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Born and raised in Milan, Italy, Nino Sindona was surrounded by the best of design, fashion and food. He was known by friends and family as a gastronome, yet was teased for studying and perfecting his own recipes over years of travel.

After years of developing recipes, Sindona eventually curated his recipes down to precise measurements. These recipes have been taught to each of his chefs at Trattoria Padana in Fort Myers. The new restaurant at 4391 Colonial Blvd., Suite 104, offers what Sindona calls real Italian cuisine over Italian American food, where the main difference is simplicity and authenticity.

“Italian food is getting better and better in Italy,” he said. “Always more sophisticated, fantastic dishes. Trattoria is a name you have in Italy for casual food. So, trattoria food is classic like a Bolognese or a spaghetti carbonara.”

The roots of Italian American dishes date back to the late 19th and early 20th centuries, when a wave of Italian immigrants moved to North America. Often from southern, less wealthy regions where meat was scarce, the creation of heavily meat and sauce-centered dishes became the staple for Italian American cuisine after arrival.  dining room at Trattoria Padana

Steering clear from dishes like chicken parmesan, deeming it as not an Italian dish, the restaurant sticks to classic food, showcased on the menu by dishes such as tagliatelle fresche alla bolognese, risotto ai frutti di mare and filetto di dentice alla griglia.

“Whenever they tell me ‘Well, why do you try to make real Italian food when Americans want alfredo with shrimp on top’ and I understand that, but I have discovered around the world that when I give people good food in every country, they understand it,” Sindona said.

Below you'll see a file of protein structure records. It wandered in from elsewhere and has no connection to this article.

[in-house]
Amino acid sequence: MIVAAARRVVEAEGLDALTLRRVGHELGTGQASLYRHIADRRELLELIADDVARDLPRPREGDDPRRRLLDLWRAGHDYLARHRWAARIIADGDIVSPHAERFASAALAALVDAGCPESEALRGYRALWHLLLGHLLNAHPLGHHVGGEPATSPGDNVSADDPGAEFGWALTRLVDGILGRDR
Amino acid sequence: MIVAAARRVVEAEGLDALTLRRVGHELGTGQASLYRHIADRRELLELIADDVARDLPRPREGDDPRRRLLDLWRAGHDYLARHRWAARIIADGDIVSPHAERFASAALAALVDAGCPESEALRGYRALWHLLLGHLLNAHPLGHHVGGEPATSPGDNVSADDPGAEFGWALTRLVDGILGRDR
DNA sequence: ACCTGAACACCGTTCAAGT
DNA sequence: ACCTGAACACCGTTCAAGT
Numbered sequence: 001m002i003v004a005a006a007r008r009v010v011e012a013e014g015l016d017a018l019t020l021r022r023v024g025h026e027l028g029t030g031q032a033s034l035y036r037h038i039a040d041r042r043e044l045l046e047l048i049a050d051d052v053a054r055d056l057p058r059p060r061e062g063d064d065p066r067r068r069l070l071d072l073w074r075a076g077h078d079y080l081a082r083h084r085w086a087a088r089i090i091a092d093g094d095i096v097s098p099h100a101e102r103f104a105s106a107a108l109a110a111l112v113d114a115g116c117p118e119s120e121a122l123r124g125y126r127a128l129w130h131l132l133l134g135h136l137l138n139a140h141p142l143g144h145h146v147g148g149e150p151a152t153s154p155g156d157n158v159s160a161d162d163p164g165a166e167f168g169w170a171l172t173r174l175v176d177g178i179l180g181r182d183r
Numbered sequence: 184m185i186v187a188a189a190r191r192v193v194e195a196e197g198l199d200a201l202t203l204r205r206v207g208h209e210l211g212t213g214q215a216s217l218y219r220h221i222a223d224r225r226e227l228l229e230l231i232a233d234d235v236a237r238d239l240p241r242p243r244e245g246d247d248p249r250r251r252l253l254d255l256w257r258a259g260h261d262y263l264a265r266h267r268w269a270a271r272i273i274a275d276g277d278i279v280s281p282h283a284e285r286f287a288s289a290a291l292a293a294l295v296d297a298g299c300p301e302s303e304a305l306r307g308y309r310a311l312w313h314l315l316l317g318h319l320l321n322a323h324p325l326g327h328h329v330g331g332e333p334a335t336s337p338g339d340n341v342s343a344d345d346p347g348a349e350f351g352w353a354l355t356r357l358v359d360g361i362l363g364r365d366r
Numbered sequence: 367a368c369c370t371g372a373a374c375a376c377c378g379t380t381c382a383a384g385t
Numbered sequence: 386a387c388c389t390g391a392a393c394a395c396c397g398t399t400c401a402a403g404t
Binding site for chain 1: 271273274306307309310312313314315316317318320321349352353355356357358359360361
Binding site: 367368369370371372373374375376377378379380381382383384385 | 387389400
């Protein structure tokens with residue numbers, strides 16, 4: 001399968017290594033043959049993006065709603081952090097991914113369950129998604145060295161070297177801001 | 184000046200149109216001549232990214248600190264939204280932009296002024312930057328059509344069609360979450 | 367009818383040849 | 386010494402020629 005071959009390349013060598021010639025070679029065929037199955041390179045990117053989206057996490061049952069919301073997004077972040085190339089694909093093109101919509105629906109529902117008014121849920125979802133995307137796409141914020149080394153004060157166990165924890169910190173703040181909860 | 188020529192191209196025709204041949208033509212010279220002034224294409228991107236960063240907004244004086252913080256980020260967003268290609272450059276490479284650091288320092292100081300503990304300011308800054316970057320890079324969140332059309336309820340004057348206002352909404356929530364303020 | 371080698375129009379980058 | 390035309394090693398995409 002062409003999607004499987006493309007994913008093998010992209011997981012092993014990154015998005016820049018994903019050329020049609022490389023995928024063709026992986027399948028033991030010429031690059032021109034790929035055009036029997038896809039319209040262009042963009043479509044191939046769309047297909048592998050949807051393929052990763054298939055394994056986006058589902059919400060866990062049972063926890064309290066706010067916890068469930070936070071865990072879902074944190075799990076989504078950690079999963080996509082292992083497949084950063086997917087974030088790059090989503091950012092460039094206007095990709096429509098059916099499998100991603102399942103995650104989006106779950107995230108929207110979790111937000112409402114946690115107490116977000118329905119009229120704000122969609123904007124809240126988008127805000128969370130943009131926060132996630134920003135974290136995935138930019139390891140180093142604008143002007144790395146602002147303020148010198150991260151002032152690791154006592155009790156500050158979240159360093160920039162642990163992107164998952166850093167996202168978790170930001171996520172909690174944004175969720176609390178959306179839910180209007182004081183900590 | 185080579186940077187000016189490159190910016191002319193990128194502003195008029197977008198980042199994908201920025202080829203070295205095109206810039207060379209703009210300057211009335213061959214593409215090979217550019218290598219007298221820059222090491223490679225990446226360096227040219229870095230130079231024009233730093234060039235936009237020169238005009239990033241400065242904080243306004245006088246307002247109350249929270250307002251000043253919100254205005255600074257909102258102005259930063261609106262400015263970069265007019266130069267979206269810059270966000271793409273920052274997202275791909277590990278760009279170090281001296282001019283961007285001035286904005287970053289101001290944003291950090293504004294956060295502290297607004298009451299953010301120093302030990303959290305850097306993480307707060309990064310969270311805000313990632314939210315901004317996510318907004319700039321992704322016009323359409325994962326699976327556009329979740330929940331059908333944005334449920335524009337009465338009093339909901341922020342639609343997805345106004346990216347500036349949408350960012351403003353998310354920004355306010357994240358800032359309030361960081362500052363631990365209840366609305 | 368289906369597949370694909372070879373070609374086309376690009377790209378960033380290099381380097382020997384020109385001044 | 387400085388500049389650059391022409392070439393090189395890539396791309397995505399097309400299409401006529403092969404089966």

Throughout his travels, Sindona learned how to incorporate cooking skills and techniques from peers in places like Thailand, Hong Kong, Spain and Brazil, where he opened a few restaurants.

As far as what dish to try on a first visit to Trattoria Padana, Sindona said it just depends on the customer’s cravings that day.

“I have a principle that I’m going to put on the menu only an item that is perfect because by traveling the world I’ve always found some restaurants are fantastic for two dishes and the rest is just okay,” he said. “I never wanted to do that.” Food at Trattoria Padana

While Sindona said all dishes are on the same playing field, he deemed his Bolognese, carbonara and pesto sauces to be more than just worth the try.

Along with serving an assortment of pasta, risotto and meat and seafood dishes, Trattoria Padana also serves desserts like tiramisu, flourless chocolate cake and affogato al caffè, an Italian dessert, where sweet ice cream meets hot and strong espresso coffee.

The current menu is anticipated to expand, along with the addition of an express system around lunchtime to serve pizza and sandwiches in the near future. The hours of operation are from 5 p.m. to 9 p.m. Tuesday through Sunday with differing closing hours on weekends.

Sindona rejects the idea of high-status restaurants, saying they are just for show and not longevity even though enjoyable. Customers can expect to be greeted with a simple restaurant design, simple food, but all with the highest quality at Trattoria Padana.

“When you sell trattoria, simple Italian-style food, people will come forever,” Sindona said.

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